CERN recognizes UK's outstanding contribution to Grid computing
CERN's Director General, Dr Robert Aymar, today formally recognized the UK's exceptional contribution to developing the next generation of computing by presenting awards for outstanding achievement to two British researchers who have been at the forefront of Grid computing at CERN .
'Music2Titan': sounds of a spaceprobe
When ESA's Huygens spaceprobe, travelling on board NASA's Cassini spacecraft en route to Saturn, lands on the planet's largest moon Titan in January 2005, not only will it carry a variety of scientific instruments, but also music 'made in Europe'.
Maybe not so sweet, after all...
Researchers at the Monell Chemical Senses Center, the University of California, Davis and other collaborating colleagues report that drinking beverages containing fructose, a naturally-occurring sugar commonly used to sweeten soft drinks and other beverages, induces a pattern of hormonal responses that may favor the development of obesity.
Late invasion of infected cells into the brain causes HIV dementia say Temple researchers
Dementia in AIDS patients is caused by a large, late invasion of HIV-infected macrophages into the brain, debunking a longstanding
DCI donor services begins distribution of tissue implants
Clearant, Inc. announced today that DCI Donor Services (DCIDS), an affiliation of organ and tissue recovery organizations across the United States dedicated to providing organs and tissues for transplantation, is making available an initial supply of tissue allografts that have been microbially inactivated to a level consistent with current medical device and pharmaceutical standards using Clearant's groundbreaking pathogen inactivation technology, known as the Clearant Process®.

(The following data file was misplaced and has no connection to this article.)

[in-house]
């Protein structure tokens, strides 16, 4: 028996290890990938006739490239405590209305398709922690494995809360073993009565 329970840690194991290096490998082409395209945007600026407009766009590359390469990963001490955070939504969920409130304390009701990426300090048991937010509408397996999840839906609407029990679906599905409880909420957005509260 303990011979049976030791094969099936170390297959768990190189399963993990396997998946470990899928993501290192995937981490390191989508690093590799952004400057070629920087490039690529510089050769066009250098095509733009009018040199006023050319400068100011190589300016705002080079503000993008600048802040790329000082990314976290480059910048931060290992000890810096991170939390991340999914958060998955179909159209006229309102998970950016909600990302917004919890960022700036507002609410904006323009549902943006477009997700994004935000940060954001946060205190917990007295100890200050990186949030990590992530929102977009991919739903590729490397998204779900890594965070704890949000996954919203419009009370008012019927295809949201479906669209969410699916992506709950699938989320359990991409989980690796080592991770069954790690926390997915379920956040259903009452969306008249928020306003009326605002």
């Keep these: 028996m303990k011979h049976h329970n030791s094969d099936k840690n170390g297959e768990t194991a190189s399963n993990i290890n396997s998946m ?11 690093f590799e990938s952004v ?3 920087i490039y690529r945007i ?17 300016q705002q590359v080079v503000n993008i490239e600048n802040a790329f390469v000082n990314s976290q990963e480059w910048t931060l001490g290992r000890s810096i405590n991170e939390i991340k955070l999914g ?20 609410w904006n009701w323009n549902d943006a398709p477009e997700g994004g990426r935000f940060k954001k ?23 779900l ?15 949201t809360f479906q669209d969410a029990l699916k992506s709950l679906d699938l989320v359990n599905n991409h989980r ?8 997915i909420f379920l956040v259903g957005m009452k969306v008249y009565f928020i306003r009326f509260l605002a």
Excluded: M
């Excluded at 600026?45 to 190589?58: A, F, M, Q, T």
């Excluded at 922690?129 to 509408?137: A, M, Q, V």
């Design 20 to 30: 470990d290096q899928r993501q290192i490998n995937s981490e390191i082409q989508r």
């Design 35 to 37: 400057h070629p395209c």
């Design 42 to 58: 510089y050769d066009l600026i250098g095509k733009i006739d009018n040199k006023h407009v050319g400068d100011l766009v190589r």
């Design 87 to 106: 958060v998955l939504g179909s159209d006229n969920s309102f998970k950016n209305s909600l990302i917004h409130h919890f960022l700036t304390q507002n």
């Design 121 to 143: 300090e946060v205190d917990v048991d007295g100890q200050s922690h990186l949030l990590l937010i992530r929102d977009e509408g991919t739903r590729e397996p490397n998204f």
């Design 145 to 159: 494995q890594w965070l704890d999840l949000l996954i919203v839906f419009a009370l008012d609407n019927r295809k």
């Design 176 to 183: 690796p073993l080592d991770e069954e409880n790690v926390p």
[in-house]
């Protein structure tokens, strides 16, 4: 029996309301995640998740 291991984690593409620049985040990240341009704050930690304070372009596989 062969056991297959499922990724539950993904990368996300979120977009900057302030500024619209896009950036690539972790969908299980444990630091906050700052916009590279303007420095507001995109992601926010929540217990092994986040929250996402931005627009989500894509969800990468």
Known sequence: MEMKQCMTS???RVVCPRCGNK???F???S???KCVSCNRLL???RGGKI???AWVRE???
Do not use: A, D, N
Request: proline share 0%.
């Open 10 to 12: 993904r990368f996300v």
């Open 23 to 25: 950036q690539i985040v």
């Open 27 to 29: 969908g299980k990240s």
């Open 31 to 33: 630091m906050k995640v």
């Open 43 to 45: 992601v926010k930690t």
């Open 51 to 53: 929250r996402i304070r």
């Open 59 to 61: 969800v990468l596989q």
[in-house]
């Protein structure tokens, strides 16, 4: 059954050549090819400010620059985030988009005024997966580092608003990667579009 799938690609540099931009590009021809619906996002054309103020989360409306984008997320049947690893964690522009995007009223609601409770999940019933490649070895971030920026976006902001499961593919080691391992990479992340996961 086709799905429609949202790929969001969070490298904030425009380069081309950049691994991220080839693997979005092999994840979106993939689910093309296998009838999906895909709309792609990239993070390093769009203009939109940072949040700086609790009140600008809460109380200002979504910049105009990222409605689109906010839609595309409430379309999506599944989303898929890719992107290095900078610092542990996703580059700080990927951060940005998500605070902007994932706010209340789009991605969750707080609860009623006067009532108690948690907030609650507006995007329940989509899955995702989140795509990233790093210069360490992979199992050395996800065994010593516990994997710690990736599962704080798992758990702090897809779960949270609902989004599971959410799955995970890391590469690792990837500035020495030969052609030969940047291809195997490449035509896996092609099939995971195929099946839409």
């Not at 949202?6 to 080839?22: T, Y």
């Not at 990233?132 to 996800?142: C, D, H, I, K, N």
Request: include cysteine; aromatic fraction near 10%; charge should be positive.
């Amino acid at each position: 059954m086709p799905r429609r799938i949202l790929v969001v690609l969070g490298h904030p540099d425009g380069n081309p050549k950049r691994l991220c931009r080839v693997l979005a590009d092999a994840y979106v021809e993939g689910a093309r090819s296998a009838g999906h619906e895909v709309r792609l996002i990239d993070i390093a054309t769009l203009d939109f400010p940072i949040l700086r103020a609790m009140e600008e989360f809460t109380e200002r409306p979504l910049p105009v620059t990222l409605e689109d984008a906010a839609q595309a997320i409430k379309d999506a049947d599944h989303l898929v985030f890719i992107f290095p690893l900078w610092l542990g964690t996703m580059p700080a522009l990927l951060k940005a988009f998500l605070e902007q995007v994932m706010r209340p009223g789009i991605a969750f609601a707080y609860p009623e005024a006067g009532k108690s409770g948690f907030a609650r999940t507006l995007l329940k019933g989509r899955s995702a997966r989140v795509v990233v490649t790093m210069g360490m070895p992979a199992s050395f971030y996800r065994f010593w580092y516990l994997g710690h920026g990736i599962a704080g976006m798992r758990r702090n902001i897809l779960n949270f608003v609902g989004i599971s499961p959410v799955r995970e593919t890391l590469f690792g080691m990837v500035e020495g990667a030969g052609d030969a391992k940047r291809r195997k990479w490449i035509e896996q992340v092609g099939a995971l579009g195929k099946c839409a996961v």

SEEDS program sponsors field trip to Calgary
ESA's Strategies for Ecology Education, Development and Sustainability (SEEDS) program is sponsoring a Student Field Trip from June 5-11, 2004 with a theme of

Best Science Podcasts 2019

We have hand picked the best science podcasts for 2019. Sit back and enjoy new science podcasts updated daily from your favorite science news services and scientists.
Now Playing: TED Radio Hour

Erasing The Stigma
Many of us either cope with mental illness or know someone who does. But we still have a hard time talking about it. This hour, TED speakers explore ways to push past — and even erase — the stigma. Guests include musician and comedian Jordan Raskopoulos, neuroscientist and psychiatrist Thomas Insel, psychiatrist Dixon Chibanda, anxiety and depression researcher Olivia Remes, and entrepreneur Sangu Delle.
Now Playing: Science for the People

#537 Science Journalism, Hold the Hype
Everyone's seen a piece of science getting over-exaggerated in the media. Most people would be quick to blame journalists and big media for getting in wrong. In many cases, you'd be right. But there's other sources of hype in science journalism. and one of them can be found in the humble, and little-known press release. We're talking with Chris Chambers about doing science about science journalism, and where the hype creeps in. Related links: The association between exaggeration in health related science news and academic press releases: retrospective observational study Claims of causality in health news: a randomised trial This...